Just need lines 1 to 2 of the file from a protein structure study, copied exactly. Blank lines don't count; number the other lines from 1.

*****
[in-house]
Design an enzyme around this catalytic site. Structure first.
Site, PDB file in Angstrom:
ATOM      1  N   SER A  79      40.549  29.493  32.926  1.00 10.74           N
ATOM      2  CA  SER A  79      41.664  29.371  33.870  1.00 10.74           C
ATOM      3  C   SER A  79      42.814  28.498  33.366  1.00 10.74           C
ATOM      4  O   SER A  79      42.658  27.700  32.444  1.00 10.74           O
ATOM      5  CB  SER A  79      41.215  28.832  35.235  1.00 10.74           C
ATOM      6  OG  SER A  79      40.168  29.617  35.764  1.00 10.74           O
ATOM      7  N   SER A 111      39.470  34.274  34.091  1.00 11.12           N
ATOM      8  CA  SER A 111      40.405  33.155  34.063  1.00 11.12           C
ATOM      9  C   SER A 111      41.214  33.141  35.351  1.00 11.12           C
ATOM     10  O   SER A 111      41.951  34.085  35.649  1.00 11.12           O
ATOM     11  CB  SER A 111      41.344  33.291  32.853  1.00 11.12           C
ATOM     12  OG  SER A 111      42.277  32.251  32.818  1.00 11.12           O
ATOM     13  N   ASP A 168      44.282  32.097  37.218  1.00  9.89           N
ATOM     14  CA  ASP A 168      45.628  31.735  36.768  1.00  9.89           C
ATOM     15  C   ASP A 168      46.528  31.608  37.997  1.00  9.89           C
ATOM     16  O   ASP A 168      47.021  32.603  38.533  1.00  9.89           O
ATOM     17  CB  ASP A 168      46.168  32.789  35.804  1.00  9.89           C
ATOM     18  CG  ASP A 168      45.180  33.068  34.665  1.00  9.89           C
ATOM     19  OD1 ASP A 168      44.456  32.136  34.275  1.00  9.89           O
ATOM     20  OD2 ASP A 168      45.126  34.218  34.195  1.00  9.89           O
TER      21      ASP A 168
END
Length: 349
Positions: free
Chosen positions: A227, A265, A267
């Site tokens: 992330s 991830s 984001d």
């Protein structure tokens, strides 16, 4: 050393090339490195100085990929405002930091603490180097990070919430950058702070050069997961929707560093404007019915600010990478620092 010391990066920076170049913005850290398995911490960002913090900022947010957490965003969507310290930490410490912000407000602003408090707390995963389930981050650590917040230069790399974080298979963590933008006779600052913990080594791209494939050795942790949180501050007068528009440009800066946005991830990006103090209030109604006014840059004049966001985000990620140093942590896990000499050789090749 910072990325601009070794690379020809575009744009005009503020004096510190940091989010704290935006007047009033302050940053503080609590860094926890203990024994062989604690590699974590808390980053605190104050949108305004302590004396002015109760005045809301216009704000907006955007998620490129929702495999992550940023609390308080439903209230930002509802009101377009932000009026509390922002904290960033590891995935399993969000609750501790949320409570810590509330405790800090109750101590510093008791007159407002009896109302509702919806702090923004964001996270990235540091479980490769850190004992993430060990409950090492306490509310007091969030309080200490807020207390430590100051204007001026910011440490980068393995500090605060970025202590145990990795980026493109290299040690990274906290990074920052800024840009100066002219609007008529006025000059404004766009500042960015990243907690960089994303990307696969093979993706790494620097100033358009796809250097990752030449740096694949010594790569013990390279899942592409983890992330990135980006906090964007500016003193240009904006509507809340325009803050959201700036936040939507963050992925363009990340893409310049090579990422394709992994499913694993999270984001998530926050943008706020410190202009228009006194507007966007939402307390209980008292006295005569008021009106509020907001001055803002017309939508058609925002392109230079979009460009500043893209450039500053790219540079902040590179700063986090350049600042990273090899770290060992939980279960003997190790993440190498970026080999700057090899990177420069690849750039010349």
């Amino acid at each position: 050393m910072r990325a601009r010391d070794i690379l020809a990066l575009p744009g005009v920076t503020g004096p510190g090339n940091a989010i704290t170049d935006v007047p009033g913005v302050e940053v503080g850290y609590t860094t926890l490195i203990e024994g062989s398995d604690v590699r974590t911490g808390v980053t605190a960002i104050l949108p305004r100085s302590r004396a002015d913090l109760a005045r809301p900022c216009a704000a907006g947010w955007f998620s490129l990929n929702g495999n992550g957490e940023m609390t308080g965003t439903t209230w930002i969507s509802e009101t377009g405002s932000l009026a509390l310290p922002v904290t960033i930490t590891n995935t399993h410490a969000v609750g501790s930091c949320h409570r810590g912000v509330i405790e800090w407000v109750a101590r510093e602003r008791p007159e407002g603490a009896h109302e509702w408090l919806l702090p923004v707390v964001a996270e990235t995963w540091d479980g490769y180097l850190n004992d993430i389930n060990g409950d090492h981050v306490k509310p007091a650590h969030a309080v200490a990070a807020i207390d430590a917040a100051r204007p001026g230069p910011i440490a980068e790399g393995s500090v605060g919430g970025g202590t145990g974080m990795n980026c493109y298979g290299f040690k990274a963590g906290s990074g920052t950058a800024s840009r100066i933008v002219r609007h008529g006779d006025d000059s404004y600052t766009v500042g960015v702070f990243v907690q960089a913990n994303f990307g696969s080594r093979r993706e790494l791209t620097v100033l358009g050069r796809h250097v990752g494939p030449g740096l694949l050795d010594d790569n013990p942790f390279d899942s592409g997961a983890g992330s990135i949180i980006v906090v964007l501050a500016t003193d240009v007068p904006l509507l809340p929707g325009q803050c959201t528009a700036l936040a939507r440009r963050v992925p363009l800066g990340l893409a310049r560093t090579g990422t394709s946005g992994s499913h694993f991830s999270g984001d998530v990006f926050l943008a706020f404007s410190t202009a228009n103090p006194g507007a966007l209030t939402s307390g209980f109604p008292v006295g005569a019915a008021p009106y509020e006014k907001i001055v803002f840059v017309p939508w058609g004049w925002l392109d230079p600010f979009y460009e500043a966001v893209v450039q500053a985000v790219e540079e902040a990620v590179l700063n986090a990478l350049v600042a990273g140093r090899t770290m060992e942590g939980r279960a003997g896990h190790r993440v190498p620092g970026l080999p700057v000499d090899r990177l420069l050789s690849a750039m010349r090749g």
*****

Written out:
[in-house]
Design an enzyme around this catalytic site. Structure first.